Hundreds march through popular St. Louis mall loudly protesting the acquittal of a former police officer

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ST. LOUIS — A few hundred people protesting the acquittal of a white former police officer in the killing of a black man flooded an upscale suburban mall briefly before heading out, with plans to reassemble in downtown St. Louis.

Authorities were taking steps to close West County Center in Des Peres shortly before noon Saturday before protesters left. Many stores did close and pulled metal security screens over their shop fronts.

Several hundred protesters met Saturday morning in a suburban park to plan next steps. They forced members of the media to stand away from them, over the objections of the reporters, including one from the Associated Press. At that meeting, they devised the plan to meet at the mall.

Police generally stayed a step ahead of protesters on Friday, preventing them from disrupting high-traffic areas. Rather than march to the mall Saturday, protesters took separate cars from the park and showed up at the mall an hour later.

Susanna Prins, 27, of University City, showed up at a meeting to plan the action carrying a sign stating, "White silence is violence."

"I feel helpless and I feel just rage," Prins said. "Not saying or doing anything makes you complicit in the brutalization of our friends and neighbors."

Smith's death is just one of several high-profile U.S. cases in recent years in which a white officer killed a black suspect, including the 2014 killing of Michael Brown in nearby Ferguson that sparked months of angry and sometimes violent protests.

Republican Gov. Eric Greitens was highly critical during his 2016 campaign of how former Democratic Gov. Jay Nixon managed the Ferguson protests, suggesting that with the right presence and leadership there could have been peace by the second night.

In advance of the Stockley verdict, Greitens met with Smith's fiancée, black state lawmakers, black St. Louis faith leaders and law enforcement in the hopes of projecting a shared message that peaceful protest would be tolerated but violence wouldn't.

Before the verdict, Greitens put the National Guard on standby, and some troops were deployed Friday night to guard fire stations and other "critical infrastructure" that Greitens didn't specify. He was in St. Louis Friday night and met with local law enforcement officials.

Police erected barricades around their own headquarters and the courthouse and dozens of officers in flak jackets and helmets who wielded batons and shields corralled demonstrators throughout the day and evening.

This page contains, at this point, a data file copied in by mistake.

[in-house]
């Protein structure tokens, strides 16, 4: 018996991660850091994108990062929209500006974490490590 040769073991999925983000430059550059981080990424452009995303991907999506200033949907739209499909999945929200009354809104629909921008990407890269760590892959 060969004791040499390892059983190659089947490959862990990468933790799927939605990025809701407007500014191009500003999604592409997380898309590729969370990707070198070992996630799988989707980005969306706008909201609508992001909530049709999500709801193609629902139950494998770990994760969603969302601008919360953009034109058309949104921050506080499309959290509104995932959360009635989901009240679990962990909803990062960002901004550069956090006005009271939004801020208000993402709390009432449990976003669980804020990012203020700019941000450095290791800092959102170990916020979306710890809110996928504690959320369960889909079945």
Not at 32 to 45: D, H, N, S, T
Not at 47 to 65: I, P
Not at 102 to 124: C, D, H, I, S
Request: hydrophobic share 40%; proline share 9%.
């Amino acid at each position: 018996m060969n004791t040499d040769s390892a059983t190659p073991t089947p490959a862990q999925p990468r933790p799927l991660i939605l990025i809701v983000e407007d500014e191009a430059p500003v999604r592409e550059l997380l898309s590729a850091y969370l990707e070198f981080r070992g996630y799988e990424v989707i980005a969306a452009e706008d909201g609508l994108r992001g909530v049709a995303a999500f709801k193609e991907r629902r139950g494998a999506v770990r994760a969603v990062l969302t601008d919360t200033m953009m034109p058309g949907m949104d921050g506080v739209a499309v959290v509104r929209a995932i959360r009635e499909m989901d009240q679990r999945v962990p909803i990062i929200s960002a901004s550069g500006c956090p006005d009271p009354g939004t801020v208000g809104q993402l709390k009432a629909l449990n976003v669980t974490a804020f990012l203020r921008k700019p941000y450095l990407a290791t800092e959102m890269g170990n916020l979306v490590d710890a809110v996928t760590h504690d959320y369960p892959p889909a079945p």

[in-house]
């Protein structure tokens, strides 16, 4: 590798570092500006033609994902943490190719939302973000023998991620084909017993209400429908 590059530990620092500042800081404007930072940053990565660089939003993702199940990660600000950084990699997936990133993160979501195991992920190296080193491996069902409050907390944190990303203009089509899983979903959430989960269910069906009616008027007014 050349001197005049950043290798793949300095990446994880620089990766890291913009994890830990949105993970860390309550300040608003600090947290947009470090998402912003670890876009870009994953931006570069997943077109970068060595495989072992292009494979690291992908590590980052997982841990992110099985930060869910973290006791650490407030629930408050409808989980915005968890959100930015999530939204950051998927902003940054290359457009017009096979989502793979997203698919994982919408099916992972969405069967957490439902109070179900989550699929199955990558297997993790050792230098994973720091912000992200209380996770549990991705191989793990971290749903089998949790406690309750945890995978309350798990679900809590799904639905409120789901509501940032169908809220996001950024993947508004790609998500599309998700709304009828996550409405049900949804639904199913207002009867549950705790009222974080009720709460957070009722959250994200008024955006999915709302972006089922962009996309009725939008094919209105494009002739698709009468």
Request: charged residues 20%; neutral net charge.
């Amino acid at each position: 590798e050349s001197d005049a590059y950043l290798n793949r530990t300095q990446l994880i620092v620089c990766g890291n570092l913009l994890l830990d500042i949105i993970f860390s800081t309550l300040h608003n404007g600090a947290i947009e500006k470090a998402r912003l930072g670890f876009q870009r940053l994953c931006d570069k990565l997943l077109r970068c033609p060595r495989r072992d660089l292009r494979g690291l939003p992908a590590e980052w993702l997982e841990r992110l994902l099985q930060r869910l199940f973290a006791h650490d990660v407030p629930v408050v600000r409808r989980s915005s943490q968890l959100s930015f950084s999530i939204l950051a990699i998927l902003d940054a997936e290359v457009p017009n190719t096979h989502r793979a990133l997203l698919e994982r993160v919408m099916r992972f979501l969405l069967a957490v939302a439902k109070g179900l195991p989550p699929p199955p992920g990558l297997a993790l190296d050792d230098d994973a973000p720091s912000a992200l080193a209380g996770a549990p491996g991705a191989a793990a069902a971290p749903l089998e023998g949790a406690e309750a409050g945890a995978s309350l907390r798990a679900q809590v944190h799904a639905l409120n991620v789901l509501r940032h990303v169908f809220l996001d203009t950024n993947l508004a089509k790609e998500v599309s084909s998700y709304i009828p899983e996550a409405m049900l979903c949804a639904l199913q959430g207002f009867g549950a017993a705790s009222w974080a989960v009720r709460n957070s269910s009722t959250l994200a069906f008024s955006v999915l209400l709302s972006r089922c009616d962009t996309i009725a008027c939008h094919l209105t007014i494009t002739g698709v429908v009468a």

Demonstrators occasionally lobbed objects into the fortified line of officers, who used pepper spray to repel the crowd.

Tensions flared several times, including when protesters blocked a bus full of riot officers, damaged a police cruiser with rocks and later broke a window and spattered red paint on the home of Mayor Lyda Krewson.

After a tense standoff at the mayor's home, police used tear gas to clear the area.

Police said they made nearly two-dozen arrests before dark and more in the evening, though they still hadn't provided an updated figure more than 12 hours later.

Police reported that 10 officers suffered injuries by the end of the night, including a broken jaw and dislocated shoulder, and some journalists reported being having equipment damaged and being threatened by protesters.

Anticipating more demonstrations Saturday, the band U2 canceled its evening concert in St. Louis because the police department said it wouldn't be able to provide its standard protection for the event, organizers said.

The civil disobedience followed the acquittal of Stockley for fatally shooting Smith after the suspected drug dealer crashed his car after leading the officer in a chase.

Stockley testified that he saw the 24-year-old holding a silver revolver as he sped away and felt he was in imminent danger as he was approaching the vehicle later.

Prosecutors said Stockley planted a gun in Smith's car after the shooting — Stockley's DNA was on the weapon but Smith's wasn't. Dashcam video from Stockley's cruiser captured him saying he was "going to kill this (expletive), don't you know it." Less than a minute later, he shot Smith five times.

Stockley's lawyer dismissed the comment as "human emotions" uttered during a dangerous pursuit and the judge said it could be ambiguous.

St. Louis Circuit Judge Timothy Wilson said prosecutors didn't prove beyond a reasonable doubt that Stockley murdered Smith or that the officer didn't act in self-defense.

In an interview with the St. Louis Post-Dispatch after the verdict, Stockley, 36, said he understands how video of the shooting looks bad, but that he did nothing wrong.

"I can feel for and I understand what the family is going through, and I know everyone wants someone to blame, but I'm just not the guy," said Stockley, who left St. Louis' police force in 2013 and moved to Houston.

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